How To Build Healthy Soil

Spring is the time we think about the soil that’s going to grow our summer bounty. There’s so much advice out there as well as loads of good products and it can be very confusing.

There are fertilisers, and there are soil conditioners and while they’re different from one another, they’re both essential for good soil health.

All plants need N (Nitrogen), P (Phosphorus) and K (Potassium) - the three essential minerals for plants - in varying quantities, depending on what kind of crop they are. The medium that supplies these minerals to plants is a fertiliser. Leafy greens need Nitrogen primarily to grow well and we find that in sheep pellets, chicken manure and other animal manures as well as blood and bone. At Organic Edible Garden we mix horse or cow manure in with seaweed and coffee grounds to make a fertiliser high in nitrogen called Black Gold. It takes around 3-6 months to break down. Have a go at making a batch of Black Gold twice yearly - during summer for autumn application and during winter for spring.


Root vegetables need Phosphorus primarily and a good source is a fertiliser called rock dust. Fruiting vegetables need Potassium primarily and good sources of that is again rock dust and also liquid comfrey (there are proprietary brands or you can make your own using comfrey leaves). We recommend you plant comfrey plants under your fruit trees for this reason.

If you’re purchasing fertiliser, check the back of the bag to find out the NPK ratio.

Then there are conditioners. These help balance your soil, so the soil can accept the fertilisers. The main one would have to be Seaweed. Again you can buy a proprietary brand or you can make your own by collecting seaweed (kelp is best, but any seaweed is good), adding it to a container and filling it up with water. It takes around 3 weeks until it’s ready. We think a good habit to get into is applying liquid seaweed to the whole garden (leaves and all) once a month all year round.

If you have a crop that looks like it could do with a boost, there are good products that have fish in with the seaweed or you can add fish waste products into your seaweed container. Give your crop a couple of applications of this two weeks apart and you should notice the difference.

Another conditioner is Lime. Lime provides calcium to soil and calcium is the essential mineral in creating strong cellular structure in vegetables. It is alkaline, so you wouldn’t apply it to beds you grow acid-loving vegetables in - tomatoes, potatoes, capsicums, chillis and eggplants. But for everything else, the application of garden lime to soil once every two years is beneficial. For acid-loving vegetable beds, apply Gypsum which is calcium but doesn’t alter the pH ie it won’t alkalise the soil.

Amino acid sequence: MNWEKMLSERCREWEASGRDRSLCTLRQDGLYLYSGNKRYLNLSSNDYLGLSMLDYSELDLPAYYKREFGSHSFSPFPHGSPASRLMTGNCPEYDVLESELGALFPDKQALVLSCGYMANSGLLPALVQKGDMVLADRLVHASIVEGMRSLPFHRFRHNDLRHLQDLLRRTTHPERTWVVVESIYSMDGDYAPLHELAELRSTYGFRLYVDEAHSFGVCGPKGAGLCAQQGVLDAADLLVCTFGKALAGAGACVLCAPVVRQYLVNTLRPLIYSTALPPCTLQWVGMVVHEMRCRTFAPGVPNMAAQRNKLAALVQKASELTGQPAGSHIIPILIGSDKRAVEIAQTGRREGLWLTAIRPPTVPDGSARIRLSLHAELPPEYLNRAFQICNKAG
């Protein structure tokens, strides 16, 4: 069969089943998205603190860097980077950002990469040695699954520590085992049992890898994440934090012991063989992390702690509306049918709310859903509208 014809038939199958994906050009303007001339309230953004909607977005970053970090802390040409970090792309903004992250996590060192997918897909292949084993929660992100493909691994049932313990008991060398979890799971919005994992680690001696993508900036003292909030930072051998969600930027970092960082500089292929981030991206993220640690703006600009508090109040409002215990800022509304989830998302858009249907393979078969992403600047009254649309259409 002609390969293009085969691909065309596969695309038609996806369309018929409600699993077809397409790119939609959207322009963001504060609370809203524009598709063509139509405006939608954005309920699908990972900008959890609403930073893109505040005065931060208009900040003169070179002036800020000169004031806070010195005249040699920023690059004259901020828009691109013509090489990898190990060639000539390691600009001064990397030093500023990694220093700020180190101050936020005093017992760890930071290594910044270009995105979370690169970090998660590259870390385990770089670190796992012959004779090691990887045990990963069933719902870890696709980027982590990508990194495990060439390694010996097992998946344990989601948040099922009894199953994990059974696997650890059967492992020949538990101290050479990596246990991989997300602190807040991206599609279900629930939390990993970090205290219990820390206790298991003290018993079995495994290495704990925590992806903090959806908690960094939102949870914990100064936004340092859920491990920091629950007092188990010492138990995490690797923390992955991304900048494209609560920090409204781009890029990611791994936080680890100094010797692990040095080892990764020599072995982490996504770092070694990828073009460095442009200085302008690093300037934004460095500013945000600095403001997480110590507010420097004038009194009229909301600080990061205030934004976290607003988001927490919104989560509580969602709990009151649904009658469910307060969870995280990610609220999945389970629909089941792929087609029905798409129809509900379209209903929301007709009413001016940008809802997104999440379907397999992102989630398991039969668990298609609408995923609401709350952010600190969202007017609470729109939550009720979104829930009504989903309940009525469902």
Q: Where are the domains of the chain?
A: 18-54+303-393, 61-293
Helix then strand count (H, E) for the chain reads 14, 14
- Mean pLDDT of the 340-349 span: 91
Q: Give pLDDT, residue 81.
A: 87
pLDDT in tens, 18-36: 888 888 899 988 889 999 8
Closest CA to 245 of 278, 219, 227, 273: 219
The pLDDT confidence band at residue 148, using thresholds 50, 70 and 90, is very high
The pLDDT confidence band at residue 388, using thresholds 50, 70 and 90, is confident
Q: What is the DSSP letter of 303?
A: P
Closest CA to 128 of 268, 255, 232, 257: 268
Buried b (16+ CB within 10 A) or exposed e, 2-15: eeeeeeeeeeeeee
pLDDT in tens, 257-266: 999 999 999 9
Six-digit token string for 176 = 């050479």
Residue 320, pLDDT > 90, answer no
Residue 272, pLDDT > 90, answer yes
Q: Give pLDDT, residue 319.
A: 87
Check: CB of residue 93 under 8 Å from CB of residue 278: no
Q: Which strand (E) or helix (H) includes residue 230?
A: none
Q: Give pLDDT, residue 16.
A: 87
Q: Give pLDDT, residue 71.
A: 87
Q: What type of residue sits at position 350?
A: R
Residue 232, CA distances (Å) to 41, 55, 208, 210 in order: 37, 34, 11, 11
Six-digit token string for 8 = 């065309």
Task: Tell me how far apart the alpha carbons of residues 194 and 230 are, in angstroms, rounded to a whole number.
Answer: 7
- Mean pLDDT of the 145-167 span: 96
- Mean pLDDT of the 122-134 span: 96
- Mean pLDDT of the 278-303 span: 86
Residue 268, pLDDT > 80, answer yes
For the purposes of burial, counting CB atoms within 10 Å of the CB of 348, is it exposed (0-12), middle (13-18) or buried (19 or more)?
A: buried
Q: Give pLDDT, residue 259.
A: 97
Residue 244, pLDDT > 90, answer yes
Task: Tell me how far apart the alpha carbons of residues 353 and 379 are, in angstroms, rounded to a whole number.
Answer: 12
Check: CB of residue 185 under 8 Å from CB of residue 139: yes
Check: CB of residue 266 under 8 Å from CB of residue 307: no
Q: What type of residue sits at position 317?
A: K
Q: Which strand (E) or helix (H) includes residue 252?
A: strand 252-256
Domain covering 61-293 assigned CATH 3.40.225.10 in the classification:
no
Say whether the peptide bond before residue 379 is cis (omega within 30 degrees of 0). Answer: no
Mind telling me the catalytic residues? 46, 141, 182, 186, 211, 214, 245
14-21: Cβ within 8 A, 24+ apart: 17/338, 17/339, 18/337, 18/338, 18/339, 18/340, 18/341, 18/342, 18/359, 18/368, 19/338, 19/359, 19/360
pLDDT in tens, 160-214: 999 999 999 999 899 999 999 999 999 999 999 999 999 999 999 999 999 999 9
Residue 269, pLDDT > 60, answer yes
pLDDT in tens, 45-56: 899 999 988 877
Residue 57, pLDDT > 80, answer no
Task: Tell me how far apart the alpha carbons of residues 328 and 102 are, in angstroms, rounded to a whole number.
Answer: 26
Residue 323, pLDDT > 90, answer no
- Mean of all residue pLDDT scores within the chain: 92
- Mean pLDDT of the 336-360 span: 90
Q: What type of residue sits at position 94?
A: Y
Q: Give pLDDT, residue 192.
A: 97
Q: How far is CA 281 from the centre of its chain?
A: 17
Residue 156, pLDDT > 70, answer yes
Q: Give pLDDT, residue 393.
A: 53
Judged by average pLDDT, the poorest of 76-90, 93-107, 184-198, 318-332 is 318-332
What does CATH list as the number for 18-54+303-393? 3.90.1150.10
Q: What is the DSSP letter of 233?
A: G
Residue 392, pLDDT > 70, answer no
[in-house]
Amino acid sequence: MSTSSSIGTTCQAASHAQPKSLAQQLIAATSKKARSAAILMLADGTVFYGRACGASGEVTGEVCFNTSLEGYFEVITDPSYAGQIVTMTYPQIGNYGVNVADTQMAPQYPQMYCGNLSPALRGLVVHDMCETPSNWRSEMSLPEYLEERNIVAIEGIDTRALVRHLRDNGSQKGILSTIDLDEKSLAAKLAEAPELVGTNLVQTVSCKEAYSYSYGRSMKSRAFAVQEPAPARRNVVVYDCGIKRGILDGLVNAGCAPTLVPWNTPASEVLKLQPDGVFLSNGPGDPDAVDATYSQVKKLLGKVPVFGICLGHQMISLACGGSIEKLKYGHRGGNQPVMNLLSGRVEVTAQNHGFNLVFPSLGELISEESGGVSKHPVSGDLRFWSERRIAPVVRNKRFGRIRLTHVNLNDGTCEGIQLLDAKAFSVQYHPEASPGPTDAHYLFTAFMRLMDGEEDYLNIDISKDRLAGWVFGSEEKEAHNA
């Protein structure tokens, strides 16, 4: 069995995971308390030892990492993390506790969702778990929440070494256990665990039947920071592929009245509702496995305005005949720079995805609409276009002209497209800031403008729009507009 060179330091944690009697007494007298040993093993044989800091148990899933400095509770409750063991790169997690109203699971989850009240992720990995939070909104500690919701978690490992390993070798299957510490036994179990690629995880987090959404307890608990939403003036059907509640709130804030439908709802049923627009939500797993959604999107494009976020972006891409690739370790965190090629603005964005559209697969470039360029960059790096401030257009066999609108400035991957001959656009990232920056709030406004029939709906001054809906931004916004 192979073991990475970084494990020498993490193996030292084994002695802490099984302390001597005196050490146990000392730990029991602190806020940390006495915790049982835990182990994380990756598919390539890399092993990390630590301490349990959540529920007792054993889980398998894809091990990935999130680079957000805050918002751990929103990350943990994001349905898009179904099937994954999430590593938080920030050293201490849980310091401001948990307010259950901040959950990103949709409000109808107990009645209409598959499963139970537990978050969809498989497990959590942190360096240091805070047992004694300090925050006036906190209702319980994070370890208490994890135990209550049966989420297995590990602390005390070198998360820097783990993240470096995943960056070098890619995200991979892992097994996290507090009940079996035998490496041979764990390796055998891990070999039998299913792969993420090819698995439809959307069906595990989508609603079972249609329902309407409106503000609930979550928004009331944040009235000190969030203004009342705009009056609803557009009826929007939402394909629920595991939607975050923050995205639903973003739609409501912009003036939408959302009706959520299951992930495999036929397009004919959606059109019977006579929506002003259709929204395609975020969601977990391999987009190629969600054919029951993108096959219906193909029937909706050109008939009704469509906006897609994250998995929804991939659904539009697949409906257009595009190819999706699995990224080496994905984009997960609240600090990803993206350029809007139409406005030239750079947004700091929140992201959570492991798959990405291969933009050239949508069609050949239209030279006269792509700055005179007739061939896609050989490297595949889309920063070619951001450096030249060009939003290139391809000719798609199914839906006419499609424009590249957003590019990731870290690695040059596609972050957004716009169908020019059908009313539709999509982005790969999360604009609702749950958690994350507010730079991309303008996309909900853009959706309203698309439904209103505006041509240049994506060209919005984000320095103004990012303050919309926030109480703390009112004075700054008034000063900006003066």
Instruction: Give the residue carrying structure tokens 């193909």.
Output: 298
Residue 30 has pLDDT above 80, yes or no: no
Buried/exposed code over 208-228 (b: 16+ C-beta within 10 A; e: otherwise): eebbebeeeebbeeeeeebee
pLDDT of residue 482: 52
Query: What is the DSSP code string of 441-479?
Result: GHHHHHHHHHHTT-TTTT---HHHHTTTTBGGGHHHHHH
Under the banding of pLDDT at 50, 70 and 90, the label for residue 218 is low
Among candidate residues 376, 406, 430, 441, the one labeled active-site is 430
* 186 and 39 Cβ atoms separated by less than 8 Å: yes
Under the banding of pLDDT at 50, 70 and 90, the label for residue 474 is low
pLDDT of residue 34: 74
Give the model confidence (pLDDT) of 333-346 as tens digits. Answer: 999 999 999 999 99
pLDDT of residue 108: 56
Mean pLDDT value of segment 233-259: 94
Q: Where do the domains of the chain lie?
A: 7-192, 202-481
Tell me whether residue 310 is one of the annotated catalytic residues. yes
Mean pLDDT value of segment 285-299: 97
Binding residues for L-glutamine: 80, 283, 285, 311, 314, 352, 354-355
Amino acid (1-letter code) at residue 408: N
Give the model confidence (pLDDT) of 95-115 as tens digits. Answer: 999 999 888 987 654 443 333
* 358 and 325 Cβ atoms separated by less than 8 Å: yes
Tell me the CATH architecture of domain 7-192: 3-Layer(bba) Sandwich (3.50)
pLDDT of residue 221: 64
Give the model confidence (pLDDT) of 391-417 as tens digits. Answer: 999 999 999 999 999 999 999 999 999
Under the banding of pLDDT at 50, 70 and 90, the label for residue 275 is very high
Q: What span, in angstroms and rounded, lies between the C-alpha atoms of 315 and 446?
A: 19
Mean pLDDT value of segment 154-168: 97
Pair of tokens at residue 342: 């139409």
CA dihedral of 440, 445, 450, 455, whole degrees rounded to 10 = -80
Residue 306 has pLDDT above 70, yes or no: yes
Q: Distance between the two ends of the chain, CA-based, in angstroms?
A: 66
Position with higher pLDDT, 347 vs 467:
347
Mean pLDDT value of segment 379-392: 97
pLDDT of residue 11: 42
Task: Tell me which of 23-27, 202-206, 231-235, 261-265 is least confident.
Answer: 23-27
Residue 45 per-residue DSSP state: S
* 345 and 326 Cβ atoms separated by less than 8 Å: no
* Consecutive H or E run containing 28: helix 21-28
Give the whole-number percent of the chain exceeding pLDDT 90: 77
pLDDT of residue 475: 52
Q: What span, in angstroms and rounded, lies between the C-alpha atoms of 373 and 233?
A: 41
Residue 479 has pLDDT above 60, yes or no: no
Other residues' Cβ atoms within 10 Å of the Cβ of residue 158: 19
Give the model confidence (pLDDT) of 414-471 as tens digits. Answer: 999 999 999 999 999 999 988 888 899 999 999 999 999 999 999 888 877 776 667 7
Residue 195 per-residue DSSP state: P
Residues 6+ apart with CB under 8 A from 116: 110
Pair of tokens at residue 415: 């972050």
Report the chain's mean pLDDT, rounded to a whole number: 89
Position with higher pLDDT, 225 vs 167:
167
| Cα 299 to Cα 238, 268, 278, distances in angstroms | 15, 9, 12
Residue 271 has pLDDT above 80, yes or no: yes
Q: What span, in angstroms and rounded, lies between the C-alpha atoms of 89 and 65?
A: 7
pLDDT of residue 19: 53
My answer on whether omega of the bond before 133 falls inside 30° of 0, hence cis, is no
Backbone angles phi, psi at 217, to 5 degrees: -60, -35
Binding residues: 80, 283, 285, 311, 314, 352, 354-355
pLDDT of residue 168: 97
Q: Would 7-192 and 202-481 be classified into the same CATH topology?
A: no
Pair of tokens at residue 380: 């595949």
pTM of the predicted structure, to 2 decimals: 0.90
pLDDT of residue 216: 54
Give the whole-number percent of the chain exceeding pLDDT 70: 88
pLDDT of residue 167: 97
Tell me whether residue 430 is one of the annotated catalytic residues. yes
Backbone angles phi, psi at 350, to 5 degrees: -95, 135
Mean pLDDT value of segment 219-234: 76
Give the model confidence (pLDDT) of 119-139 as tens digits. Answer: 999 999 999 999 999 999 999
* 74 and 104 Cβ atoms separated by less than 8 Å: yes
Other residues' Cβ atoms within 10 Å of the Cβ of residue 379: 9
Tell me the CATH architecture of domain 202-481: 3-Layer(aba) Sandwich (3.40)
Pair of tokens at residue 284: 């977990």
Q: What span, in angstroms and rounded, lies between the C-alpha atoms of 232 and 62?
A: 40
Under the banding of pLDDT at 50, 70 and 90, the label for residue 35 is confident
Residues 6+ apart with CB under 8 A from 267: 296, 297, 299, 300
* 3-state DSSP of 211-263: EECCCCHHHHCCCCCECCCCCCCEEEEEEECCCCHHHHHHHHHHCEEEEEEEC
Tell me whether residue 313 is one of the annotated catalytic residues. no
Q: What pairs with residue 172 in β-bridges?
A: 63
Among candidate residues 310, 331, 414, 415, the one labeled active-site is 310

As a general rule, clay soils are more acidic and sandy soils are more alkaline.  The pH level indicates how acidic or alkaline soil is.  If you want to find out what the pH level (and therefore the acidity or alkalinity) of your soil is, invest in a pH testing kit – they’re relatively inexpensive for the information they provide.

Lastly, you need good soil structure and that’s done by adding Compost. Twice yearly, at the end of summer and at the end of winter, we would recommend you trying your hand at a hot compost. They key ingredient in making a hot compost is biomass - lots and lots of spent vegetable crops, as you have to be able to build a cubic metre heap in order for the science to work.  The other key ingredient in hot compost is activators - chicken manure, rock dust, coffee grounds, specific herbs and weeds (borage, stinging nettle, yarrow, tansy, chamomile). These activators not only get the heap cooking, but they add nutrients. If you don’t have enough biomass to make hot compost, again just purchase compost.


Cold compost and worm farm material is often quite wet and sometimes not fully broken down. We would recommend trenching it into your soil, rather than laying on top of a bed.

Regular whole garden habits as well as providing specific fertilisers to crops will ensure good growth and a healthy ecosystem.

Happy Spring gardening from the Team at Organic Edible Garden!


Organic Edible Garden’s vision is to make organic edible gardening achievable for everyone. Visit their website for Getting Started videos, and regular blog posts to find out what to do in your edible garden.